ESG ratings: who will watch the watchmen?
There are hundreds of ESG rating agencies but very little oversight
ESG is everywhere. It has moved beyond a buzzword and beyond a trend, it is now the norm. Much to the chagrin of those who stand against it and what it represents, it has become increasingly difficult to ignore for issuers across the capital markets and the wider corporate world.
The rise of ESG has been rapid over the last decade. In the bond sector, just a few years ago anything green was considered novel and warranted discussion. Now, if it isn’t green, blue, sustainability-linked or tagged with some other label, it’s old hat. It sells too. There was over $1tr of green bonds issued in 2021 alone and issuers are happy to add an ESG label in tough markets to drag in extra orders from ESG-dedicated funds.
With this giddy ascension however have come accusations of greenwashing — passing something off as green that isn’t. Therefore, who exactly determines whether a bond can be classified as having met a good standard of greenness has an important job. But in this nascent market, it is unclear what standards apply to those that set the criteria.
A multitude of companies offer rating services and opinions to companies looking to identify as ESG-friendly, or print securities labelled as such. It is hard to identify a specific number of these agencies with so many popping up, but a quick google shows that estimates vary between 100 and 600.
In addition, many issuers have internal auditing systems that play an increasingly important role. The Center for Audit Quality (CAQ) deemed that 95% of S&P 500 companies publicly provide ESG information, but also stated that, in 2019, only 29% of those firms submitted their sustainability data to be verified by a third party.
This is a problem. When it comes to the environment, to social values, or to corporate governance, there should not be so much information left in the dark. Some may argue that in such early stages of a movement it is important to have a divergence of views on what counts as ESG while the market figures itself out.
There is some truth in this but having so many options means that companies looking for ESG labels are able to shop around until they find a rating that works for them.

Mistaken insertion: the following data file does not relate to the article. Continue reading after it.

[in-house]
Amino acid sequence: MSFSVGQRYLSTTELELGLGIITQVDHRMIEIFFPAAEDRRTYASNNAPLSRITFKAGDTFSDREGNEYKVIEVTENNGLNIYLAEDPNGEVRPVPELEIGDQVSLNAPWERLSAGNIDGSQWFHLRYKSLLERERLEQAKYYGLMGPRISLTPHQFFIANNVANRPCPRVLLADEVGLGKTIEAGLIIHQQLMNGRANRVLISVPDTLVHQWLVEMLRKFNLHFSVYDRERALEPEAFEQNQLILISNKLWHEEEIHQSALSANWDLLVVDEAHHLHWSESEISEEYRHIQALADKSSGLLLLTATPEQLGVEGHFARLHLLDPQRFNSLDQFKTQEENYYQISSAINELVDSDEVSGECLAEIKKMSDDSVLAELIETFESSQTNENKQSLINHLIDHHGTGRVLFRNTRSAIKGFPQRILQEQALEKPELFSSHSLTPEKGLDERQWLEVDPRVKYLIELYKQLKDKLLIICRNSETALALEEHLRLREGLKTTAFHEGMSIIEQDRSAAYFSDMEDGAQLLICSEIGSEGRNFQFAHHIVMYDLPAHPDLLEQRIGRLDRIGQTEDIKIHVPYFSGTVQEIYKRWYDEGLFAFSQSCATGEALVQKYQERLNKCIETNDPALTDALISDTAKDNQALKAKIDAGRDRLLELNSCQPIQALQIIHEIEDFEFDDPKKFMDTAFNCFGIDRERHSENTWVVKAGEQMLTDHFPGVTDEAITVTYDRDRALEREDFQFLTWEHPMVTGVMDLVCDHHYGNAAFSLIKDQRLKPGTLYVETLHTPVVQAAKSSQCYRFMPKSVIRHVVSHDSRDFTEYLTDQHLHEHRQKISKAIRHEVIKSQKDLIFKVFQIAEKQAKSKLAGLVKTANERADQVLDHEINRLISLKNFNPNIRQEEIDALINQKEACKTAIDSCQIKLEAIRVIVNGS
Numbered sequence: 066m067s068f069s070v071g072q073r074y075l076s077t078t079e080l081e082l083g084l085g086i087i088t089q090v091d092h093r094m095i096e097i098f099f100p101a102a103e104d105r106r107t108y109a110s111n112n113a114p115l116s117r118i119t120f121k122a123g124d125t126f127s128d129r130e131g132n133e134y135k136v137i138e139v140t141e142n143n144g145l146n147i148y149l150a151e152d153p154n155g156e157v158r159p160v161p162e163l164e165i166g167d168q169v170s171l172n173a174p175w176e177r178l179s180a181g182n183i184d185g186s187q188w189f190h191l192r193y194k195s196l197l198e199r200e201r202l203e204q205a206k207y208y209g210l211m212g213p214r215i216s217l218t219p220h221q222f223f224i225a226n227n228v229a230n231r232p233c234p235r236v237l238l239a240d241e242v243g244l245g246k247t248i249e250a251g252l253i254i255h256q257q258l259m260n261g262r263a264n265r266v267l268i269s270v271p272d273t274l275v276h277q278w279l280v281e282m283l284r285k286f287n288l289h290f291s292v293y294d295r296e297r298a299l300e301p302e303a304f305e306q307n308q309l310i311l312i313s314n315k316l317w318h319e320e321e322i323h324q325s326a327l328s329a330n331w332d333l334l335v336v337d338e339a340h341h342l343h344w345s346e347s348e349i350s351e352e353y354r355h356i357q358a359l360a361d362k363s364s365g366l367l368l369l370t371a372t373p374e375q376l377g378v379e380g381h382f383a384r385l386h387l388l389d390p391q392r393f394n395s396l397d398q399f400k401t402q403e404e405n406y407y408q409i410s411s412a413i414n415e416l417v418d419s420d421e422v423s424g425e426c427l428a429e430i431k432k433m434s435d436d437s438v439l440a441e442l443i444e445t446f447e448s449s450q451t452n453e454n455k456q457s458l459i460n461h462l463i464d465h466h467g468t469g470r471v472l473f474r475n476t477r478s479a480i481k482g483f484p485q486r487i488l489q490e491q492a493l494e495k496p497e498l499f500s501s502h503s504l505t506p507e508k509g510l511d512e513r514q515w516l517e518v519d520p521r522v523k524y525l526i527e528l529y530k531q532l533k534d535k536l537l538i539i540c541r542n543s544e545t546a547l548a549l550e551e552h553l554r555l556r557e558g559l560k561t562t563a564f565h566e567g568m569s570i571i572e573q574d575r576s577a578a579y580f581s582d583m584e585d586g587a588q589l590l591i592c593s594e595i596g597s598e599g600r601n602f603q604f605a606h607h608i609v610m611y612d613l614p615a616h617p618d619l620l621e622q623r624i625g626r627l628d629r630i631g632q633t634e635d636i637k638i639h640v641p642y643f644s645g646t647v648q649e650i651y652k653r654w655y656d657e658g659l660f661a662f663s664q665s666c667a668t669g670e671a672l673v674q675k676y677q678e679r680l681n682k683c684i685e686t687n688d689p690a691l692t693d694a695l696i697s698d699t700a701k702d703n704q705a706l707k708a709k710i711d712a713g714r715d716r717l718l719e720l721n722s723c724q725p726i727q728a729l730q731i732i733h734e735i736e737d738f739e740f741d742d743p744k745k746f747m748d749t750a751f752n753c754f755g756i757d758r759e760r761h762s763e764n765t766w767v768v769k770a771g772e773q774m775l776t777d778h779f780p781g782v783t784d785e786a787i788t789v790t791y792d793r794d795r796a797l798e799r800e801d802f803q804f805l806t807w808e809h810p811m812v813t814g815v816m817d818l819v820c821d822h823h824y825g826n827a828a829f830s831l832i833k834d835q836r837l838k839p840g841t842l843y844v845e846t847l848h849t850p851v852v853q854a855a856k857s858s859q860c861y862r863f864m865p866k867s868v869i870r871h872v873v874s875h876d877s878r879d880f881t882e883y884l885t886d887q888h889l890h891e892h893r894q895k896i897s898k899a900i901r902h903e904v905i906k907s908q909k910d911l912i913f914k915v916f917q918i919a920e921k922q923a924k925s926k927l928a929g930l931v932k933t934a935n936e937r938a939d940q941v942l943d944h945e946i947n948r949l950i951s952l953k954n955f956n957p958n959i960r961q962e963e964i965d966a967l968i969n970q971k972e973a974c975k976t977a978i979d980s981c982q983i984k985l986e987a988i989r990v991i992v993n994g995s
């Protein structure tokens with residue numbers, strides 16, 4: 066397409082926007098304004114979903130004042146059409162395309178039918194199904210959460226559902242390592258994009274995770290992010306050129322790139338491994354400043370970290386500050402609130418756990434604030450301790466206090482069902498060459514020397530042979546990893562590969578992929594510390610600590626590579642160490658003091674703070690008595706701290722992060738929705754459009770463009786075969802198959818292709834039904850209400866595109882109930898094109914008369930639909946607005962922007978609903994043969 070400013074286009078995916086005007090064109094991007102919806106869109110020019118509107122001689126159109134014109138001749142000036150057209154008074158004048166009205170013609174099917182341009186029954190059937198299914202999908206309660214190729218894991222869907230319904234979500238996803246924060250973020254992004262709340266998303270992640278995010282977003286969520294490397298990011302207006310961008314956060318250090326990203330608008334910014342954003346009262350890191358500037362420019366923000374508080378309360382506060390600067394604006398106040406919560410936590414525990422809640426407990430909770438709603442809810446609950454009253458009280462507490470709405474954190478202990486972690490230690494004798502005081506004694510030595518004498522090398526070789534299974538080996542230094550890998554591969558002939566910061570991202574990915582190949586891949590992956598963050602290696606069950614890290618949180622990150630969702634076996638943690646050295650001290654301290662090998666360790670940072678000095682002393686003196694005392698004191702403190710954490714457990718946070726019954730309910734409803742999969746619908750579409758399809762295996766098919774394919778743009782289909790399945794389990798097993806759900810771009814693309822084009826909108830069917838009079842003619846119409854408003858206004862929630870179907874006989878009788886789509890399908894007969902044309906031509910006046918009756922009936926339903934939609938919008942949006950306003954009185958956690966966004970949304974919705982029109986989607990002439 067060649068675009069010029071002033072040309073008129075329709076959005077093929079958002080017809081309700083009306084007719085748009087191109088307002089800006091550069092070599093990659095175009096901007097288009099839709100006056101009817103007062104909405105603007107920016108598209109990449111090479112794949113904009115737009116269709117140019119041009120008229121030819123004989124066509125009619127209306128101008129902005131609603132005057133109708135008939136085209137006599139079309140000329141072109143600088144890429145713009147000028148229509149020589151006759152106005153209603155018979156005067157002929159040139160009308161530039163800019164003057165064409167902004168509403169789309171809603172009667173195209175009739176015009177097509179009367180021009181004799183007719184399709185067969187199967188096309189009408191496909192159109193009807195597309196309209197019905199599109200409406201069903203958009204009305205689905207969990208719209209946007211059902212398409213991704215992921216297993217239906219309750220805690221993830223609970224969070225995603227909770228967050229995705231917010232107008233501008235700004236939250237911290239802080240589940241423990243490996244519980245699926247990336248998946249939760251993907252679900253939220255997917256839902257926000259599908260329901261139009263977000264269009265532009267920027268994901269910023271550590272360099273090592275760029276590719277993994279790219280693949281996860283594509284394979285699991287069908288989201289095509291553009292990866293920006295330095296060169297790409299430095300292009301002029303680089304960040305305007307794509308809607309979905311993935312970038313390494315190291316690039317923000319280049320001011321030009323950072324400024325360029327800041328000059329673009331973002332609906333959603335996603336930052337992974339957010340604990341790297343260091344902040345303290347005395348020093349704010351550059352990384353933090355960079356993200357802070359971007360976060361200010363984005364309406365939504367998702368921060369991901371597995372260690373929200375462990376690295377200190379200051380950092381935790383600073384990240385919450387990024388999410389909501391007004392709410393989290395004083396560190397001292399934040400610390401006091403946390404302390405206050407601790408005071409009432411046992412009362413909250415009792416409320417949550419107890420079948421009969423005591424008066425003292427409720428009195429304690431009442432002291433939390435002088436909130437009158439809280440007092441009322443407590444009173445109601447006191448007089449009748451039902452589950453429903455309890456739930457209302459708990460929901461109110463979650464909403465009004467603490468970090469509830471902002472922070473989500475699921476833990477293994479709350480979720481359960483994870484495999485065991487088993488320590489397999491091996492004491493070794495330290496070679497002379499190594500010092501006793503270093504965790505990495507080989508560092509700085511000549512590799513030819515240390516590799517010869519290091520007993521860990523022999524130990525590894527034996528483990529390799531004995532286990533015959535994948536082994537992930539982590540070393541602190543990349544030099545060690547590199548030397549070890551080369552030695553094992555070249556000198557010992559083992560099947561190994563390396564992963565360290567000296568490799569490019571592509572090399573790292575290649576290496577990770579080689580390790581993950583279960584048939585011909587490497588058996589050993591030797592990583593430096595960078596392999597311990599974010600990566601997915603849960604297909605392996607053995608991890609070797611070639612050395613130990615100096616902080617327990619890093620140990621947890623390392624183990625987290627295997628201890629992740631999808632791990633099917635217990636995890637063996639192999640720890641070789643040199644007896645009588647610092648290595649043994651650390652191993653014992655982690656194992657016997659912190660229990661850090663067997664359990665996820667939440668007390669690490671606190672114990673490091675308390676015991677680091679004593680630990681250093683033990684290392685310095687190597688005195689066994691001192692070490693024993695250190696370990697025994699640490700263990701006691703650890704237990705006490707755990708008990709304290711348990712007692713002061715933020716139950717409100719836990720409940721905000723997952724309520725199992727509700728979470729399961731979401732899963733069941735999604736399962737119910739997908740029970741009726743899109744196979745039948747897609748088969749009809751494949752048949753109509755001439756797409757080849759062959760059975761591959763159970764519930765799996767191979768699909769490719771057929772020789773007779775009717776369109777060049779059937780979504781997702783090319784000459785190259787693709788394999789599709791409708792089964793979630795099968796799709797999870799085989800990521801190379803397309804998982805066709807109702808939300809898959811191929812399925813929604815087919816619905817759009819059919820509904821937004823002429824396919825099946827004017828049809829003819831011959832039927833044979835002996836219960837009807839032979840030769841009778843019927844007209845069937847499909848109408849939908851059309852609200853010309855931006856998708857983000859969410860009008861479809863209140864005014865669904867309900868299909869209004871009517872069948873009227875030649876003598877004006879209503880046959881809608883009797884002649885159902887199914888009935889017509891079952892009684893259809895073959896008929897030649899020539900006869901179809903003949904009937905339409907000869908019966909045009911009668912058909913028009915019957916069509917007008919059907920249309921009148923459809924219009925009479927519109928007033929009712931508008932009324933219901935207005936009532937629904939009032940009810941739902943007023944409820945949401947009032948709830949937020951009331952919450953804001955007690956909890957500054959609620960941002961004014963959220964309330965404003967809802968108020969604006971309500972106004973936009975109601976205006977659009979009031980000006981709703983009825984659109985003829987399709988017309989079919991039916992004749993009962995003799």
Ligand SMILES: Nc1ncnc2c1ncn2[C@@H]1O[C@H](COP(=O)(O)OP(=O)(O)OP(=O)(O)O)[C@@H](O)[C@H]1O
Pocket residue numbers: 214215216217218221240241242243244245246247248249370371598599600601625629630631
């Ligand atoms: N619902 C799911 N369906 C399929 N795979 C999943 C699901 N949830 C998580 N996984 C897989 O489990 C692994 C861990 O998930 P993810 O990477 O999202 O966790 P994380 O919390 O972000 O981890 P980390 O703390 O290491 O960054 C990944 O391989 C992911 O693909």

Of course, there are industry leaders in the ESG ratings business and those that are judged best in class that credible issuers can flock to. But it wasn’t that long ago that the most credible credit rating agencies helped fuel a global financial crisis by poorly rating asset backed securities. Might is not always right in financial opinion forming.
But of course, it is the divergence of views that allows for the disparity. If the rating agencies all followed the same principles then there would be nothing for them to compete on other than the price at which they sell their services, so they offer alternatives to find a valuable niche for themselves.
The underlying purpose of these ratings is to assess a company’s ESG performance, however disagreements between these agencies as to what constitutes E, S or G means investors have very little certainty around how good the company’s performance really is.
A 2019 MIT Sloan-led paper highlighted this issue and broke it down into granular data, demonstrating significant scope, measurement, and weight divergence across all ESG ratings. The paper called for more attention to be paid to how the underlying data is generated, suggesting that if “investment choices are guided by ESG ratings… the construction of and disagreement among ESG ratings [is] a central concern”.
Morningstar’s Sustainalytics, Moody’s, Bloomberg, MSCI, and a handful of others have risen to the top of this field, but the disparities between these companies are also stark. For example, the governance of a company may be judged on its gender positivity policies, but this can be determined in a number of ways ranging from pay gaps to board composition, depending on which agency you ask.
A push towards strong ESG regulation across the world is underway. In the US, SEC commissioners Allison Herren Lee and Caroline Crenshaw raised a similar point in October 2020 when they called out auditors involved in financial disclosures, asking “Who watches the watchers?”, and it is no coincidence that they played a driving force in the advancement of the Commission’s subsequent climate disclosure proposals.
Things have progressed somewhat further in other jurisdictions, like the UK or the EU, but regulation is yet to reign ESG rating agencies in or so much as question their disparities. Strong opposition – from on as high as the US Supreme Court – means the SEC’s proposals are unlikely to materialise exactly as laid out, leaving the world’s biggest financial capital market largely unregulated.
But a patchwork approach, where one data point shows up green in one interpretation but not in another, is only going to limit the significance of the entire movement and help promote greenwashing. Without proper oversight, the watchers will be at liberty to turn a blind eye to all sorts of bad standards.